Australia's statement in paragraph 97 of its Third Party
Written Submission refers in particular to the question of whether CODEX-STAN
1-1985 is a relevant standard for the purposes of Article 2.4 of the TBT Agreement.
In particular, Australia refers the Panel to paragraphs 91-96 of its Third Party
Written Submission in drawing the conclusion that CODEX-STAN 1-1985 'may not
be "relevant" to this enquiry under Article 2.4' (paragraph 97).

It is in this context that Australia states that it therefore, does not perceive any conflict between CODEX-STAN 1-1985 and the COOL measure'. It may be more precise to rephrase the sentence as follows:

'Australia, therefore, does not perceive any conflict between the
existence of
CODEX-STAN 1-1985 and the fact it was not
used as a basis for
the COOL measure.'

10. In paragraph 61 of its third party written submission, Australia states
that "the stated objective, as put forward by the respondent, must be accepted
in good faith." In what context under Article 2.2 of the TBT Agreement,
if at all, should the Panel consider the complainants' arguments that the actual
objective of the COOL requirements is trade protectionism?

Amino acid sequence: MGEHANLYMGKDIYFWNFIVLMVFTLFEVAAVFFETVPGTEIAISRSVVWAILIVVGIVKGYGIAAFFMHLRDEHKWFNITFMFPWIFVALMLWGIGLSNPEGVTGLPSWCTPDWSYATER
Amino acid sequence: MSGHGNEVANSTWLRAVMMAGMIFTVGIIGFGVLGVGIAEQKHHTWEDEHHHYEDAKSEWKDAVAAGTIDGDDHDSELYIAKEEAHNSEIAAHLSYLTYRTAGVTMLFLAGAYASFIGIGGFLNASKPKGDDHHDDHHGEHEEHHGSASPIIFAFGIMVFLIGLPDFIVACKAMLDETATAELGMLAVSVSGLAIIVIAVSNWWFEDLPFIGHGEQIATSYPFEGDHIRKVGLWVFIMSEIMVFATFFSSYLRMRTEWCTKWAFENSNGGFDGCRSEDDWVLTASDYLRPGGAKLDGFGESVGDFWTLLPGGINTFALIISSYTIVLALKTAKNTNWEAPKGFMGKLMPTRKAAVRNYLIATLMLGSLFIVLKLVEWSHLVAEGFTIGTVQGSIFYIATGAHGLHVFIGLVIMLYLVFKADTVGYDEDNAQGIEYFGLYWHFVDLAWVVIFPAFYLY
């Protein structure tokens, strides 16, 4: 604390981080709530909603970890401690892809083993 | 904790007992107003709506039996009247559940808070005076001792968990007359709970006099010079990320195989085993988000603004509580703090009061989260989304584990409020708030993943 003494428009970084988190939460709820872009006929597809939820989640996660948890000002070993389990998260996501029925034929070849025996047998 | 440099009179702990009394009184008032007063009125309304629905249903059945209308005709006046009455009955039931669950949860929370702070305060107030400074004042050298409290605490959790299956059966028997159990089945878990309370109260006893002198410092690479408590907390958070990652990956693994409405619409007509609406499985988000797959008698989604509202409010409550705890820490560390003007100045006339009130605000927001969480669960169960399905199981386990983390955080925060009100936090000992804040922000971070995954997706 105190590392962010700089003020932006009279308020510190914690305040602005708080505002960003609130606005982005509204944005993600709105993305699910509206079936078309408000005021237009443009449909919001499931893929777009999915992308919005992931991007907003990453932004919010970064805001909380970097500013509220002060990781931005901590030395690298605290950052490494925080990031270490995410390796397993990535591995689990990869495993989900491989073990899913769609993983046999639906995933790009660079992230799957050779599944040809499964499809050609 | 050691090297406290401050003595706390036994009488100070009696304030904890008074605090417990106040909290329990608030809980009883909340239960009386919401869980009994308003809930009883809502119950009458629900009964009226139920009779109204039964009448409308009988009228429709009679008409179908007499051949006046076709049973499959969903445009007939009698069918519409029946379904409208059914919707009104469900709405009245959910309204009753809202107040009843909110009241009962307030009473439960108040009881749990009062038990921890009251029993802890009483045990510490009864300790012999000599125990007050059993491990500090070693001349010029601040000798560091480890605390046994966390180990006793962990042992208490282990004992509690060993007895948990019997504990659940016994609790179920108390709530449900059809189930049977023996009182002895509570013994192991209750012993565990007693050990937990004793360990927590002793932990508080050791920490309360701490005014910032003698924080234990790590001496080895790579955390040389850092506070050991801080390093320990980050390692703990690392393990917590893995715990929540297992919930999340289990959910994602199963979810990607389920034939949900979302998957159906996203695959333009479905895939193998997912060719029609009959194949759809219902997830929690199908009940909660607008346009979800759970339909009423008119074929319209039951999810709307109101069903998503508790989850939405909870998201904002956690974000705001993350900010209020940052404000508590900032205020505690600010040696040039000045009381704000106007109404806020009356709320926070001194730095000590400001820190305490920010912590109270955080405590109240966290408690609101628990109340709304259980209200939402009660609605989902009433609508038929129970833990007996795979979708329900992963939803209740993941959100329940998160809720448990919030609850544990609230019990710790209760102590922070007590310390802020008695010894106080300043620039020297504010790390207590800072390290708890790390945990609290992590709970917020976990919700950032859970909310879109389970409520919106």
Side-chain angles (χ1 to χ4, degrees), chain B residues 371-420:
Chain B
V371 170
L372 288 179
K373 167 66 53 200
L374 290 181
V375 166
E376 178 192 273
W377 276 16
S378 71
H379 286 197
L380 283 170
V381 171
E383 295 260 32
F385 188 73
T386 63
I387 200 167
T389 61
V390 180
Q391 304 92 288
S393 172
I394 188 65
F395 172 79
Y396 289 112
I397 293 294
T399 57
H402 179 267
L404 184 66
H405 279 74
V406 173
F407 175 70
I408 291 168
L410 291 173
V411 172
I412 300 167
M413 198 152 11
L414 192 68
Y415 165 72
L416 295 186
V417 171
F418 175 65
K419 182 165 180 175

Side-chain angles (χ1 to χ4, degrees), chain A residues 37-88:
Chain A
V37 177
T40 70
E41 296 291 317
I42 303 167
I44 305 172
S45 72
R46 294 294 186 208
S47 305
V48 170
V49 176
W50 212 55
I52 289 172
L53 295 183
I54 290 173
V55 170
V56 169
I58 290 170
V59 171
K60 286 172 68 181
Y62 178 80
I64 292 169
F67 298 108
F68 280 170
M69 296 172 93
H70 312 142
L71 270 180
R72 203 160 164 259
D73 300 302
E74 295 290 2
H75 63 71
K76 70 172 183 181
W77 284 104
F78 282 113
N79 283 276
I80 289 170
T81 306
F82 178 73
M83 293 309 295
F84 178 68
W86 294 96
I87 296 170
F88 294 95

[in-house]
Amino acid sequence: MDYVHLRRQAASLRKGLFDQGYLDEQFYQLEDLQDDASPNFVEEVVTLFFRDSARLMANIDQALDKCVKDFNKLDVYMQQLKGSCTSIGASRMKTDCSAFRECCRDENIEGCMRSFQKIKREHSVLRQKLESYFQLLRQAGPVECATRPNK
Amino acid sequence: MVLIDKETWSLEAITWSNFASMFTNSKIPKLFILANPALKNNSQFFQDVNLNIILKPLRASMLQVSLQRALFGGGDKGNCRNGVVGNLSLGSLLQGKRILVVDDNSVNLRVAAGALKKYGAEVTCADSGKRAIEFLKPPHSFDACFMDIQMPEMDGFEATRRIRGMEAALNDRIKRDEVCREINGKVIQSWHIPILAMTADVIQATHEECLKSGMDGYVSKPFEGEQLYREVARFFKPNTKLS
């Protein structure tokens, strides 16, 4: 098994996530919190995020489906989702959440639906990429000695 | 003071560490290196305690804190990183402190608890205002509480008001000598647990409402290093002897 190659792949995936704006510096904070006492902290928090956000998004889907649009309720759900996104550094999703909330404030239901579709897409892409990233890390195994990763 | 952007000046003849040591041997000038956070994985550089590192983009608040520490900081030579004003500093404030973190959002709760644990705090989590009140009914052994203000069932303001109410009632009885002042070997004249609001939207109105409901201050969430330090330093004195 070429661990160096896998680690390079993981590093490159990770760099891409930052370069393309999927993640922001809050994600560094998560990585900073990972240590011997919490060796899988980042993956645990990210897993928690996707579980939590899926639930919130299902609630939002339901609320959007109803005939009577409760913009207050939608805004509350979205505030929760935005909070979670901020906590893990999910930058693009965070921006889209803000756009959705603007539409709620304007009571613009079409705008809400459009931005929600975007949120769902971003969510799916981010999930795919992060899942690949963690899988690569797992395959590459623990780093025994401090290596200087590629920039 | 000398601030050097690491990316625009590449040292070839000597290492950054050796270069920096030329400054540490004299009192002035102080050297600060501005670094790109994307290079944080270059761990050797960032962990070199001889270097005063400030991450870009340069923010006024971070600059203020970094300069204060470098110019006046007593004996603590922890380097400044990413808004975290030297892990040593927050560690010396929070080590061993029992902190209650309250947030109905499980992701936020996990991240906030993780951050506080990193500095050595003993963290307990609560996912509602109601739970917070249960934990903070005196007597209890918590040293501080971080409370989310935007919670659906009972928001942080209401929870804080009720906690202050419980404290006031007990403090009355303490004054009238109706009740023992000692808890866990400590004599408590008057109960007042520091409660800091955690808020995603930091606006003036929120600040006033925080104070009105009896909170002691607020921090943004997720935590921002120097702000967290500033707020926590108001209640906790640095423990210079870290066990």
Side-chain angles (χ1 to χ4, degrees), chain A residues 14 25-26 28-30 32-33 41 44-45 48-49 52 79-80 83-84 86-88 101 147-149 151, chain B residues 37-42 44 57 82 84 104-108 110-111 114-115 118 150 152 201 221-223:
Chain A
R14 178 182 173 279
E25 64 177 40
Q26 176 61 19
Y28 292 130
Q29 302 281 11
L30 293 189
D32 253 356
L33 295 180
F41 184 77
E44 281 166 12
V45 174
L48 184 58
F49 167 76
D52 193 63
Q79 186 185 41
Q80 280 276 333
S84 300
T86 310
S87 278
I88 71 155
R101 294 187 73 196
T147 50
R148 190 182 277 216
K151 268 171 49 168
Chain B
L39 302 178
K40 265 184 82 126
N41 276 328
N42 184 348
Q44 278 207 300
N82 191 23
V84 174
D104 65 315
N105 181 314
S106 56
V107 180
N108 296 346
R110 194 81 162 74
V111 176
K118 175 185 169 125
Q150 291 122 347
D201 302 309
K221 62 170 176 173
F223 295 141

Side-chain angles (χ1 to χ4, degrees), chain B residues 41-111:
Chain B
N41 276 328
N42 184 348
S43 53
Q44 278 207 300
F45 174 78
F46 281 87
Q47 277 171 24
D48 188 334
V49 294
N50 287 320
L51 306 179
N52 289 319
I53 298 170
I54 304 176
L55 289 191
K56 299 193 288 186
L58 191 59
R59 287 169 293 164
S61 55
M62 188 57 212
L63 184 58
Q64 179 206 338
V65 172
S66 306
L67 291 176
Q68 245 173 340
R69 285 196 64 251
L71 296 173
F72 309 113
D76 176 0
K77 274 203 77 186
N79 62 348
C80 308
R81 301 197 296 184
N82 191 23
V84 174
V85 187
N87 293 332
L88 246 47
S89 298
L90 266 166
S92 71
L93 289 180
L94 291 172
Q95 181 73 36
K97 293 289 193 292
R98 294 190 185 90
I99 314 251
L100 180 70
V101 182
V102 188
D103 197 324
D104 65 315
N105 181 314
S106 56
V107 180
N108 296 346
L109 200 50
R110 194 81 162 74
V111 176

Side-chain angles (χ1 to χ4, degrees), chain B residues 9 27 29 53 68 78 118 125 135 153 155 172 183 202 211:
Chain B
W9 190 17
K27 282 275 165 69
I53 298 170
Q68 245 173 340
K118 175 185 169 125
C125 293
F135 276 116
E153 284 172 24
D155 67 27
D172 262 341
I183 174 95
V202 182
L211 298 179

Australia notes its understanding of the correct analysis called for under
Article 2.2 of the TBT Agreement is set out in paragraph 57 of its Third Party
Written Submission. Australia believes, for the purposes of Article
2.2
, the Panel should consider whether the stated objective of
the measure at issue is 'legitimate', not whether the stated objective is in
fact the 'actual objective' of the measure at issue. Australia submits this
approach is consistent with the structure and application of the TBT Agreement,
and the Appellate Body's findings in EC - Sardines, in the context
of Article 2.4 of the TBT Agreement (see paragraphs 59-60 of Australia's Third
Party Written Submission).

However, as the Appellate Body stated in EC-Sardines (at paragraph 292), a panel must also make 'an objective assessment of the facts of the case' under Article 11 of the Dispute Settlement Understanding. It would therefore be open to the Panel, in making 'an objective assessment' of the evidence put forward by the complainants and the respondent, to conclude that actual objective of the COOL measure is trade protectionism. Nonetheless, Australia believes a panel should not lightly overturn the 'stated' objective of a measure, particularly in the face of supporting, objective evidence such as legislative history and explanatory statements.

Were the Panel to conclude that the actual objective of the COOL measure is
not 'legitimate' (for example, by concluding the measure's objective is trade
protectionism), Australia believes the Panel would still need to find that the
COOL measure had been 'prepared, adopted or applied with a view to or with the
effect of creating unnecessary obstacles to international trade', in accordance
with the first sentence of Article 2.2, in order to find inconsistency with
Article 2.2. Australia draws the Panel's attention to the European Union's Third
Party Written Submission (at paragraphs 53-54) in this regard. At the same time,
evidence of the trade protectionist intent or effect of the COOL measure may
be relevant to this analysis.

Last Updated: 7 October 2014